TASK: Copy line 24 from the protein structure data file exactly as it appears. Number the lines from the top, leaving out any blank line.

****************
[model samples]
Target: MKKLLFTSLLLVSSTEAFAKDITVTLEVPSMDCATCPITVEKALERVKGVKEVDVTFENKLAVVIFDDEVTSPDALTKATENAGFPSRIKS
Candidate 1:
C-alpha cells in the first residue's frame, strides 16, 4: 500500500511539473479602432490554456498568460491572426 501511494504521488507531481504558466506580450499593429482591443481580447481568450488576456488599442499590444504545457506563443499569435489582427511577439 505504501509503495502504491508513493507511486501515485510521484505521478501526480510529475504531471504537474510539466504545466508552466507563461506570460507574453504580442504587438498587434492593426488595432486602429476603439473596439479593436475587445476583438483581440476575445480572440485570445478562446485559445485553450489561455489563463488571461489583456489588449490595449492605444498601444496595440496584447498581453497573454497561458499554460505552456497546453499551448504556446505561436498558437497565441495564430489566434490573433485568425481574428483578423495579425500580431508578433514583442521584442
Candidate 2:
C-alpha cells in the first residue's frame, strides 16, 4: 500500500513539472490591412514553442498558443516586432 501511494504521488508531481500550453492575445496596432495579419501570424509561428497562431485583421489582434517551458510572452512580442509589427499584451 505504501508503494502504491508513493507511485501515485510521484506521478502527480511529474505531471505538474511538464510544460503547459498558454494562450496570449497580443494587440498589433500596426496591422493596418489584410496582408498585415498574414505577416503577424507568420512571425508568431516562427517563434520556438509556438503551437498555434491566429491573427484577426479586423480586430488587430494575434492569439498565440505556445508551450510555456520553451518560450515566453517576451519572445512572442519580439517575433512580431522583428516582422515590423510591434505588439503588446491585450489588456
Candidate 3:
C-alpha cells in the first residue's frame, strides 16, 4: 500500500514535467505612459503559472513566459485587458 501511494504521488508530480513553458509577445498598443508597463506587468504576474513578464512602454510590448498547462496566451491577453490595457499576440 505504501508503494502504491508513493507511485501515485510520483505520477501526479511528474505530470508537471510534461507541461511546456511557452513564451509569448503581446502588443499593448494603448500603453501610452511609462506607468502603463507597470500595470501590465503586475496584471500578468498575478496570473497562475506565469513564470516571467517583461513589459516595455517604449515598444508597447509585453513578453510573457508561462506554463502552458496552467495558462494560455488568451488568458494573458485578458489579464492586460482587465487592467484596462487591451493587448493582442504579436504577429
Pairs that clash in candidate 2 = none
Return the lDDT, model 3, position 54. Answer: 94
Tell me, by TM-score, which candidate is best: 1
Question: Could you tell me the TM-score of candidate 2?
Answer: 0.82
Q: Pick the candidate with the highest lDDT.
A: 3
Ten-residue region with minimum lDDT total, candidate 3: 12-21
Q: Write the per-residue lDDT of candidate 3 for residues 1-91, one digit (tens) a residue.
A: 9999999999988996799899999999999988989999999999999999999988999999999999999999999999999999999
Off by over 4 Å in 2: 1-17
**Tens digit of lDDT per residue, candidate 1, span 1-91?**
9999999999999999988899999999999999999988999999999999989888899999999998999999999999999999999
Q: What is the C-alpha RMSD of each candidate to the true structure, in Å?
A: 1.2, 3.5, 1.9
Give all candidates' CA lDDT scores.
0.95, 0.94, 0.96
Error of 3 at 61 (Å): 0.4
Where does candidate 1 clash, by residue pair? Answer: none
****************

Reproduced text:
Give all candidates' CA lDDT scores.